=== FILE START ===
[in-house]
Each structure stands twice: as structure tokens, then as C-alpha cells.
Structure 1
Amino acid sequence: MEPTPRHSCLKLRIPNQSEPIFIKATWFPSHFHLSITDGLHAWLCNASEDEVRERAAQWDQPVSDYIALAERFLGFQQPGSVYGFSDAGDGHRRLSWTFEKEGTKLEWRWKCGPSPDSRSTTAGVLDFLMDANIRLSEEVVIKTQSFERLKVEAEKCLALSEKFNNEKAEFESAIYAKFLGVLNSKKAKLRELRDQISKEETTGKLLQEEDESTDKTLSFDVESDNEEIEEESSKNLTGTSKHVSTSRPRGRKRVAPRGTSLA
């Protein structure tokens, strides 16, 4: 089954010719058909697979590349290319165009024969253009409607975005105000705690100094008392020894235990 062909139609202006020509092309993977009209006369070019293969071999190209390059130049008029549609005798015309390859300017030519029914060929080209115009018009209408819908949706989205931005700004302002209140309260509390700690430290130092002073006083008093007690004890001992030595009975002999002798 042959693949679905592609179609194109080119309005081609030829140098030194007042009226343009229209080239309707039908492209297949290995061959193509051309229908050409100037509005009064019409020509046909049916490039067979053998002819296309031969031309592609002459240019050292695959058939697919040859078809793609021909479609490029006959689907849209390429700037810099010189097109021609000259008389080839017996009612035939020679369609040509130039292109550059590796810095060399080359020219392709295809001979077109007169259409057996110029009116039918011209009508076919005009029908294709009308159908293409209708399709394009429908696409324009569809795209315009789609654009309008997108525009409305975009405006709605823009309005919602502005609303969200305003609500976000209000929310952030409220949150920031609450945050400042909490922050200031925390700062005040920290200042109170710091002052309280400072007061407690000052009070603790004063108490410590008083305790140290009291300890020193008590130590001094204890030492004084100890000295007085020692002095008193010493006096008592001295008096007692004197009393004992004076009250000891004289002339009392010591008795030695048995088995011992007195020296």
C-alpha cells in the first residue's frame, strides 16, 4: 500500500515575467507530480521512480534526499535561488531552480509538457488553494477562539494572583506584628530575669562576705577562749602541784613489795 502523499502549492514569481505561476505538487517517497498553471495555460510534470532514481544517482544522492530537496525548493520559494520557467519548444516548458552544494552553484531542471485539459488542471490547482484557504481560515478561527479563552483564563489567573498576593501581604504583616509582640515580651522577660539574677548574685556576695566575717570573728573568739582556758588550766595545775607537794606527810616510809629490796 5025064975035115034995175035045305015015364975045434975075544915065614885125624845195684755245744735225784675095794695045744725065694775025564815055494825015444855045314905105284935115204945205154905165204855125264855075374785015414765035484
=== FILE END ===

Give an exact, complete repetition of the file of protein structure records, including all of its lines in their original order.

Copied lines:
[in-house]
Each structure stands twice: as structure tokens, then as C-alpha cells.
Structure 1
Amino acid sequence: MEPTPRHSCLKLRIPNQSEPIFIKATWFPSHFHLSITDGLHAWLCNASEDEVRERAAQWDQPVSDYIALAERFLGFQQPGSVYGFSDAGDGHRRLSWTFEKEGTKLEWRWKCGPSPDSRSTTAGVLDFLMDANIRLSEEVVIKTQSFERLKVEAEKCLALSEKFNNEKAEFESAIYAKFLGVLNSKKAKLRELRDQISKEETTGKLLQEEDESTDKTLSFDVESDNEEIEEESSKNLTGTSKHVSTSRPRGRKRVAPRGTSLA
């Protein structure tokens, strides 16, 4: 089954010719058909697979590349290319165009024969253009409607975005105000705690100094008392020894235990 062909139609202006020509092309993977009209006369070019293969071999190209390059130049008029549609005798015309390859300017030519029914060929080209115009018009209408819908949706989205931005700004302002209140309260509390700690430290130092002073006083008093007690004890001992030595009975002999002798 042959693949679905592609179609194109080119309005081609030829140098030194007042009226343009229209080239309707039908492209297949290995061959193509051309229908050409100037509005009064019409020509046909049916490039067979053998002819296309031969031309592609002459240019050292695959058939697919040859078809793609021909479609490029006959689907849209390429700037810099010189097109021609000259008389080839017996009612035939020679369609040509130039292109550059590796810095060399080359020219392709295809001979077109007169259409057996110029009116039918011209009508076919005009029908294709009308159908293409209708399709394009429908696409324009569809795209315009789609654009309008997108525009409305975009405006709605823009309005919602502005609303969200305003609500976000209000929310952030409220949150920031609450945050400042909490922050200031925390700062005040920290200042109170710091002052309280400072007061407690000052009070603790004063108490410590008083305790140290009291300890020193008590130590001094204890030492004084100890000295007085020692002095008193010493006096008592001295008096007692004197009393004992004076009250000891004289002339009392010591008795030695048995088995011992007195020296």
C-alpha cells in the first residue's frame, strides 16, 4: 500500500515575467507530480521512480534526499535561488531552480509538457488553494477562539494572583506584628530575669562576705577562749602541784613489795 502523499502549492514569481505561476505538487517517497498553471495555460510534470532514481544517482544522492530537496525548493520559494520557467519548444516548458552544494552553484531542471485539459488542471490547482484557504481560515478561527479563552483564563489567573498576593501581604504583616509582640515580651522577660539574677548574685556576695566575717570573728573568739582556758588550766595545775607537794606527810616510809629490796 5025064975035115034995175035045305015015364975045434975075544915065614885125624845195684755245744735225784675095794695045744725065694775025564815055494825015444855045314905105284935115204945205154905165204855125264855075374785015414765035484